Daily Slice gives a quick snapshot each weekday of a different slice or pie that the folks at the Serious Eats empire have enjoyed lately.
Other than her fiery red hair, legendary Boston chef Lydia Shire might be best known for her Lobster Pizza ($26). The luxe pie originated at Biba, her flagship restaurant that sadly shuttered more than a decade ago. The restaurant dazzled its customers with food that was more than cutting-edge, often boundary-pushing, and sometimes downright weird (foie gras on buckwheat Indian paper bread, anyone?). The lobster pizza, arguably her most famous dish, exemplified all of that.
The 10-inch pie is ultra-thin with a blistered, bubbly, crackly-crisp edge, but the topping is anything but light: heavy cream, caramelized shallots and garlic, and the meat of a two-pound lobster, plus handfuls of ricotta salata and Parmesan. In other words, it's like pizza topped with lobster bisque. Thank goodness for the scallions; their lean, fresh bite keeps all that rich dairy in check.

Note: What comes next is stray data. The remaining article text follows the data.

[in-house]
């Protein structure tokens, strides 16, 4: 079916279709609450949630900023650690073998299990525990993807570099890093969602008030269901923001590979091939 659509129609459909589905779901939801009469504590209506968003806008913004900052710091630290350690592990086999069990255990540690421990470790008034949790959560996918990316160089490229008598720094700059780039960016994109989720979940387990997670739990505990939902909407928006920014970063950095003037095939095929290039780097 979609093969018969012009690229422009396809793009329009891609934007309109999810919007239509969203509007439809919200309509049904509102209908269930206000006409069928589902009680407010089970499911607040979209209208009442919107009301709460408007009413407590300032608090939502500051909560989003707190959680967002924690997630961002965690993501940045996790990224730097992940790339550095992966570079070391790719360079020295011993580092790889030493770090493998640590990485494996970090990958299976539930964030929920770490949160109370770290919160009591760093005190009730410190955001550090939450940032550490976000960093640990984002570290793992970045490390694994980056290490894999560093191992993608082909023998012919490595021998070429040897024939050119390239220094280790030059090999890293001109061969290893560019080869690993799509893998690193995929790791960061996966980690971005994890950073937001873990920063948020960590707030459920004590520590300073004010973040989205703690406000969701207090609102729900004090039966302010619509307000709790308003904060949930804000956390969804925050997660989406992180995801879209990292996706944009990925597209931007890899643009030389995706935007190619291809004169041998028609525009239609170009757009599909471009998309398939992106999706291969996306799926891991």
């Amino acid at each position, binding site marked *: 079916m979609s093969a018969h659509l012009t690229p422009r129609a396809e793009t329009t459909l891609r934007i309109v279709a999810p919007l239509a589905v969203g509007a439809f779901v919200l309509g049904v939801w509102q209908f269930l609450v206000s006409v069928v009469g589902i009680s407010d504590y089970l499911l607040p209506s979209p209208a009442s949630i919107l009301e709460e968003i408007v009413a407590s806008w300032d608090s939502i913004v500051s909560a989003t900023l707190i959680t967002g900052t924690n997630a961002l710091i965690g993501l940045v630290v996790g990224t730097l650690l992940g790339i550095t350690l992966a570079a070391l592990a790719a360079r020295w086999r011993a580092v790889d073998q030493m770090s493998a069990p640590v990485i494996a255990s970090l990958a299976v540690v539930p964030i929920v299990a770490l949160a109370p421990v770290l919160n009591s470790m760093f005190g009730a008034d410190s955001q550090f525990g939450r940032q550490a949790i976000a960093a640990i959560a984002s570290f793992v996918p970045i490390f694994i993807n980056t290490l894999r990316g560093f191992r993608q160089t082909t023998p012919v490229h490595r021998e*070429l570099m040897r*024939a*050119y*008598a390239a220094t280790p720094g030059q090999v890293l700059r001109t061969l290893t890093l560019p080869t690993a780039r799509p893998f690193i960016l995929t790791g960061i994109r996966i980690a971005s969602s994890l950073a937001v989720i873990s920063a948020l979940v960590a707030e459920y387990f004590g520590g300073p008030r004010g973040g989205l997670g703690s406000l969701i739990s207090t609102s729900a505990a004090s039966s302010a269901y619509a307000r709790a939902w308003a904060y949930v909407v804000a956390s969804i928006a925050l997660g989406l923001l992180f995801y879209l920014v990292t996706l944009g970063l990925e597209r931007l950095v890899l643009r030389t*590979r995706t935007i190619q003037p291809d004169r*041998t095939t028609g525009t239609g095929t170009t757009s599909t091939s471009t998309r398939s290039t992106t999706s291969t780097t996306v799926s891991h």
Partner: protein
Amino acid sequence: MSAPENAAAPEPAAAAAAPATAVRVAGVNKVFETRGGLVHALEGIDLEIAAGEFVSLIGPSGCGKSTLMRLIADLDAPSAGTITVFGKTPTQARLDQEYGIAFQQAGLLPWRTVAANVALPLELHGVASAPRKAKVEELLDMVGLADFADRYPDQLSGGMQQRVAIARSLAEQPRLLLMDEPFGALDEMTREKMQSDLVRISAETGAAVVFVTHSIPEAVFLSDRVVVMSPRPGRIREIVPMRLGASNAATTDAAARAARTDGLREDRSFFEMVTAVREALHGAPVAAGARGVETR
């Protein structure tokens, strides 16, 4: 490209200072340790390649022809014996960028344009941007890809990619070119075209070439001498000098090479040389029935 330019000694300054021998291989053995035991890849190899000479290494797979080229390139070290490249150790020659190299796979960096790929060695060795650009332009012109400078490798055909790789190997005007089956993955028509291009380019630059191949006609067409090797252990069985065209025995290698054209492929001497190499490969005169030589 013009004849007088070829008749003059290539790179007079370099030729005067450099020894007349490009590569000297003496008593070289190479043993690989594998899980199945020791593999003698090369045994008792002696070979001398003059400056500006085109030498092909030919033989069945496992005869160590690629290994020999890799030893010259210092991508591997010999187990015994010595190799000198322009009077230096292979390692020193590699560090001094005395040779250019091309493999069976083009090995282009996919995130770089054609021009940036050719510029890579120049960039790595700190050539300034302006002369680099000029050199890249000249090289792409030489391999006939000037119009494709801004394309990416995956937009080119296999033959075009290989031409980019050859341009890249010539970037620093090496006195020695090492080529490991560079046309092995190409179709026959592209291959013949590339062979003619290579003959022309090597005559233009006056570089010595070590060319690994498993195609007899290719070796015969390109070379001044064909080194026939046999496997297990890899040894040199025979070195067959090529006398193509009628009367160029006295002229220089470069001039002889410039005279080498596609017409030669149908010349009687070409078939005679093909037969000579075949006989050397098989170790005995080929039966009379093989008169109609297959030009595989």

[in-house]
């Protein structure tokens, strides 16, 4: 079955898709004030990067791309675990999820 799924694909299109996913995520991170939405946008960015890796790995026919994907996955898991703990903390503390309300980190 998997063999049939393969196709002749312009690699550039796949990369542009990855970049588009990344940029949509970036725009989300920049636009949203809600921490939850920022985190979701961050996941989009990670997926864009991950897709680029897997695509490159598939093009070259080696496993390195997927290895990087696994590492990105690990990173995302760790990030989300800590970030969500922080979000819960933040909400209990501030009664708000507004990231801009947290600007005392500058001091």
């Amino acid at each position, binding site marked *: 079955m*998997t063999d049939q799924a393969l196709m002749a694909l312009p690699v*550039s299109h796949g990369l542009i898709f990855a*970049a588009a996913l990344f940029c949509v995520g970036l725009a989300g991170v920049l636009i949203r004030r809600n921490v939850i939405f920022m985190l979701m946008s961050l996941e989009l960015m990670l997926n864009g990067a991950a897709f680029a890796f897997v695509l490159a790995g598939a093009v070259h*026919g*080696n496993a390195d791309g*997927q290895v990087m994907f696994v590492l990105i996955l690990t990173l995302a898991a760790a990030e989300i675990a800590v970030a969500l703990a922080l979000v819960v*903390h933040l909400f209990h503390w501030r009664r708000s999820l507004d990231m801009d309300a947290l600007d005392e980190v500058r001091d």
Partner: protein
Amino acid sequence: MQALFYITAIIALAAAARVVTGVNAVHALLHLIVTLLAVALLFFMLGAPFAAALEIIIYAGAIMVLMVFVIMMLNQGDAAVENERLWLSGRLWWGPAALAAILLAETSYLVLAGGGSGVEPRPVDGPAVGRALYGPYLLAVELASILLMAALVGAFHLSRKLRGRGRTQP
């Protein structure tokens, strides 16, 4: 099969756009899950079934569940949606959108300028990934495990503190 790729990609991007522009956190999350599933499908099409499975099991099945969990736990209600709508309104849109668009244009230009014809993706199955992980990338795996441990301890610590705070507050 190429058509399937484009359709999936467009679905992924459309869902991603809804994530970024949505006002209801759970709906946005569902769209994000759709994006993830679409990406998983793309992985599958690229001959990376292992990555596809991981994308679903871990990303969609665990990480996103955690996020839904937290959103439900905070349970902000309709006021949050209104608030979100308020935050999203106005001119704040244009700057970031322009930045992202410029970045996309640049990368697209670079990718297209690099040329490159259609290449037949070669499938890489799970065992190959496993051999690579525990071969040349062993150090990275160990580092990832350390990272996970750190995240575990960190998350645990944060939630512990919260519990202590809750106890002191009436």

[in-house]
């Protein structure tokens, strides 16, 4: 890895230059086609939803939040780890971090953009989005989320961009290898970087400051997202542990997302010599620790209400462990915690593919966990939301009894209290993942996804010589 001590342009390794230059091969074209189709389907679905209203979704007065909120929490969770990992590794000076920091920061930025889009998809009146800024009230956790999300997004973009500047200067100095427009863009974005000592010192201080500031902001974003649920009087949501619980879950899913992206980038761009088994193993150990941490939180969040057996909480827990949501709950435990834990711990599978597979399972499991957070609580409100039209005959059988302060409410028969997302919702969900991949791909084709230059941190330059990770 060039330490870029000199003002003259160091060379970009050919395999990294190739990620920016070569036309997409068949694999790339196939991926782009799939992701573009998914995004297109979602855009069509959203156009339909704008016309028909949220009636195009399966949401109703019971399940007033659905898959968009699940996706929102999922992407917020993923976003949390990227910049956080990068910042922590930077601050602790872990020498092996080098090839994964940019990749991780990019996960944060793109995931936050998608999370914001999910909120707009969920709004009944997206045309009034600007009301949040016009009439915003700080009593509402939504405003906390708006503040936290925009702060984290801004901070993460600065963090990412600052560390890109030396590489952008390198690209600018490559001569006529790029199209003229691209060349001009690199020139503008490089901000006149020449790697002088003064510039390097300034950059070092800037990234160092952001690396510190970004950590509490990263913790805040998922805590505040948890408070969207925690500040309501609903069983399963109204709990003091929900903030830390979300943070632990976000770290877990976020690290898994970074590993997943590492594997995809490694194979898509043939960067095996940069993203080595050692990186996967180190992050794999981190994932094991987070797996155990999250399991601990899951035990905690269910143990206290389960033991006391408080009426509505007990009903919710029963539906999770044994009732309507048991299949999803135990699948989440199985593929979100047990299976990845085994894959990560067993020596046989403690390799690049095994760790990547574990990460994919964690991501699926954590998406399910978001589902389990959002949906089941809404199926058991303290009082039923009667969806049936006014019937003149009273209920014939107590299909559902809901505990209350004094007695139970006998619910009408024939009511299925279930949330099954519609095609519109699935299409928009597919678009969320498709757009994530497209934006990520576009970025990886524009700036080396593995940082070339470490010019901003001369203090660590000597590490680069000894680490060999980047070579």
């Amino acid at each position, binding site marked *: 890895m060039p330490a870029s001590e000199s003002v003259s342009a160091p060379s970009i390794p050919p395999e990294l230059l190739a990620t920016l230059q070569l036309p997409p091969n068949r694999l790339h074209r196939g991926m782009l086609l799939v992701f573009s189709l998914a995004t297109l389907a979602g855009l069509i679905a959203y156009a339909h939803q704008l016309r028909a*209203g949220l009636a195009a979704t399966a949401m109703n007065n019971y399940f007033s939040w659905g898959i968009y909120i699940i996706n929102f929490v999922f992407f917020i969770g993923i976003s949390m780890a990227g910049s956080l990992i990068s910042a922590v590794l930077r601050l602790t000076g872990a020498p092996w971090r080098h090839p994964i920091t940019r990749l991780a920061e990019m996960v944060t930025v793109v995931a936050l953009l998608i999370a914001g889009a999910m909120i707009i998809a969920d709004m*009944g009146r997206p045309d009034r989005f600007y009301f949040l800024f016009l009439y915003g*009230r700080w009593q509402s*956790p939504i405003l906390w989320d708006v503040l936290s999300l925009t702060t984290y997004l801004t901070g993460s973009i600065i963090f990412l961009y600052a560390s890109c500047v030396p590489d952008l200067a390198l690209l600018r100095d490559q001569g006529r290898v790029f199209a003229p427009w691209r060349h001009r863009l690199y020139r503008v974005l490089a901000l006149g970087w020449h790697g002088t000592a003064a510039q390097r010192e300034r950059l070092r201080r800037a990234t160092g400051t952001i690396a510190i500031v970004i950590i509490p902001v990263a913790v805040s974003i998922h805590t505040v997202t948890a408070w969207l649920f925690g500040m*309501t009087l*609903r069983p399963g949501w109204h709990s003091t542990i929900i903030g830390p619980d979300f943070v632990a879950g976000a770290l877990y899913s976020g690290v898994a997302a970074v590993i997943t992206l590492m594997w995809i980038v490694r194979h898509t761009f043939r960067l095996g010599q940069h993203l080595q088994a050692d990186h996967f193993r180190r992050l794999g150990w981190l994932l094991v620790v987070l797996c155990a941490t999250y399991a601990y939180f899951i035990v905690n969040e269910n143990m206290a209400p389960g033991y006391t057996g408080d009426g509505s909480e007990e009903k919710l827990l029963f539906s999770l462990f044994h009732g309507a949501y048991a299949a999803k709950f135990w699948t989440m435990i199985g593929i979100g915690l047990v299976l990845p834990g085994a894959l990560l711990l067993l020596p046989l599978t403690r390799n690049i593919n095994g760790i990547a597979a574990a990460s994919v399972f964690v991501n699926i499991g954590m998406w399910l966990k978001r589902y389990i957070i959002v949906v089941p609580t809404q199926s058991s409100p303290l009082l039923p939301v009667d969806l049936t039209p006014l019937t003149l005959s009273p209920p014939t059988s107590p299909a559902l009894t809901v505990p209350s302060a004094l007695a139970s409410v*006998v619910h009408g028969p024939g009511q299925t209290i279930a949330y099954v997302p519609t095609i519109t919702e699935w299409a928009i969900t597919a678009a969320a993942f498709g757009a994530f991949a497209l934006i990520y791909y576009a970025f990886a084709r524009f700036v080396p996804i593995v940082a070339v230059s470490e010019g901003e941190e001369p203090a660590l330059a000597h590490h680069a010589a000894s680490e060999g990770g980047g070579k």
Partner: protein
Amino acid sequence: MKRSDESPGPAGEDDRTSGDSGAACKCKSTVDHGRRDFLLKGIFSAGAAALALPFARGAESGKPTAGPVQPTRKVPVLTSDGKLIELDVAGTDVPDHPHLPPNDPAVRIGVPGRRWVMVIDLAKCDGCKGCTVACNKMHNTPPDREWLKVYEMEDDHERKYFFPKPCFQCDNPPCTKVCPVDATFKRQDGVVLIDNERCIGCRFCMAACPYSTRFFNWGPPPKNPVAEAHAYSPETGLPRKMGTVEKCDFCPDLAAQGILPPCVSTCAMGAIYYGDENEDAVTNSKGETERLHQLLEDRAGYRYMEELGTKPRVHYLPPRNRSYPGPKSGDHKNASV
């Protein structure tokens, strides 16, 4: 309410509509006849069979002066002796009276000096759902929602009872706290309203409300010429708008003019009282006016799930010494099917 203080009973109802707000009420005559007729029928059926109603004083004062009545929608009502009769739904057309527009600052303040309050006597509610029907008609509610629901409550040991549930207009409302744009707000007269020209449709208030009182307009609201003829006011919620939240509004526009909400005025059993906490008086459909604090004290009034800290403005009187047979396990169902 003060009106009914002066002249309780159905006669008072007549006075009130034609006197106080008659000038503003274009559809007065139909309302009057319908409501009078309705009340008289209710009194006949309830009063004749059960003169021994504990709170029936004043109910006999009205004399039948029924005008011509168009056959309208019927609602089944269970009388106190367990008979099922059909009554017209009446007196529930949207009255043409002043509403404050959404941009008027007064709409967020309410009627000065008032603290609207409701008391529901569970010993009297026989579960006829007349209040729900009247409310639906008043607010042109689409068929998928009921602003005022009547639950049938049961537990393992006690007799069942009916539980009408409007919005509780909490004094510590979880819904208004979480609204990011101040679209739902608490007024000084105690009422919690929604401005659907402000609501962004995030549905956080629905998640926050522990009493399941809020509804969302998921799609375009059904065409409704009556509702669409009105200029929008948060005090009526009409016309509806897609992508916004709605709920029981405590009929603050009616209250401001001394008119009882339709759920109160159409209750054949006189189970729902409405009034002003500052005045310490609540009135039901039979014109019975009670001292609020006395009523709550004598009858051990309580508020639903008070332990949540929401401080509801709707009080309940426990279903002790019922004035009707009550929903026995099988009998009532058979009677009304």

Funny thing is, lobster pizza wasn't something Shire had in the works when she wrote the menu for Biba. As the story goes, she just sort of whipped it up one season when she had a glut of lobster to use, and it was an overnight sensation. Since then, it's had a place on just about ever menu she's created, and it's a mainstay at Scampo, her inventive Italian kitchen in the Liberty Hotel. Slightly tweaked versions also appear on menus at her other restaurants, Towne Stove and Spirits (with corn and honey ricotta), her joint venture with Jasper White, and Blue Sky on York Beach (with spinach) in Maine.
Scampo at the Liberty Hotel
About the author: Liz Bomze lives in Brookline, MA, and works as the Senior Features Editor for Cook's Illustrated Magazine. In her free time, she freelances regularly for the Boston Globe, Boston Magazine, the Improper Bostonian, and Martha's Vineyard Magazine; practices bread-baking and canning; takes photos; reads; and watches baseball. Top 5 foods: fresh noodles, gravlax, sour cherry pie, burrata, ma po tofu.